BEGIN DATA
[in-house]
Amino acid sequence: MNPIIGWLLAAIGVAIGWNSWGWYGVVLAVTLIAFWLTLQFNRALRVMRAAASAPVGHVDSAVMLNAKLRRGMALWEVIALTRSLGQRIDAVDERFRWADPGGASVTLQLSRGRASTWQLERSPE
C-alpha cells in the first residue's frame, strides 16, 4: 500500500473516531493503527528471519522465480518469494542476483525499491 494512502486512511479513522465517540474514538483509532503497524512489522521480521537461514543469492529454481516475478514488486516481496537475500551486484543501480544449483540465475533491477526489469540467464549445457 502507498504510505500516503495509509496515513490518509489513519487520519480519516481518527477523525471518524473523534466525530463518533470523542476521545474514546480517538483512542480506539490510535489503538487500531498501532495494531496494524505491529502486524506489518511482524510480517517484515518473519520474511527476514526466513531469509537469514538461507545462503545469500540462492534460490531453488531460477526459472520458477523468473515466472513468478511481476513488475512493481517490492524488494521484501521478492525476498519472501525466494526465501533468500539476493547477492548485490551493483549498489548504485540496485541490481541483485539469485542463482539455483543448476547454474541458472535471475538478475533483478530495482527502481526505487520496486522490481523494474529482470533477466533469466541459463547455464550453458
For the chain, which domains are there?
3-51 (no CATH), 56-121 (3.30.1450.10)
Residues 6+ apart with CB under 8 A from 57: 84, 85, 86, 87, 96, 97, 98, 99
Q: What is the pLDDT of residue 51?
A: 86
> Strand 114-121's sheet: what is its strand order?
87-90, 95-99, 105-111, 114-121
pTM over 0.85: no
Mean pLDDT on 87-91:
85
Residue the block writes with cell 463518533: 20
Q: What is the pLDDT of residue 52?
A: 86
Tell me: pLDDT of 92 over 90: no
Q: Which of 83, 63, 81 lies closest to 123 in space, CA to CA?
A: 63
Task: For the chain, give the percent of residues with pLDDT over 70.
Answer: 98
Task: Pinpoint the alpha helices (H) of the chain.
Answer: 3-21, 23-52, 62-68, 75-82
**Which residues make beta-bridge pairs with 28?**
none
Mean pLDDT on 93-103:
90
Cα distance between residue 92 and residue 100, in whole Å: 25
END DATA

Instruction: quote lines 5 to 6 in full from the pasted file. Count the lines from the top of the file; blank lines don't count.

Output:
3-51 (no CATH), 56-121 (3.30.1450.10)
Residues 6+ apart with CB under 8 A from 57: 84, 85, 86, 87, 96, 97, 98, 99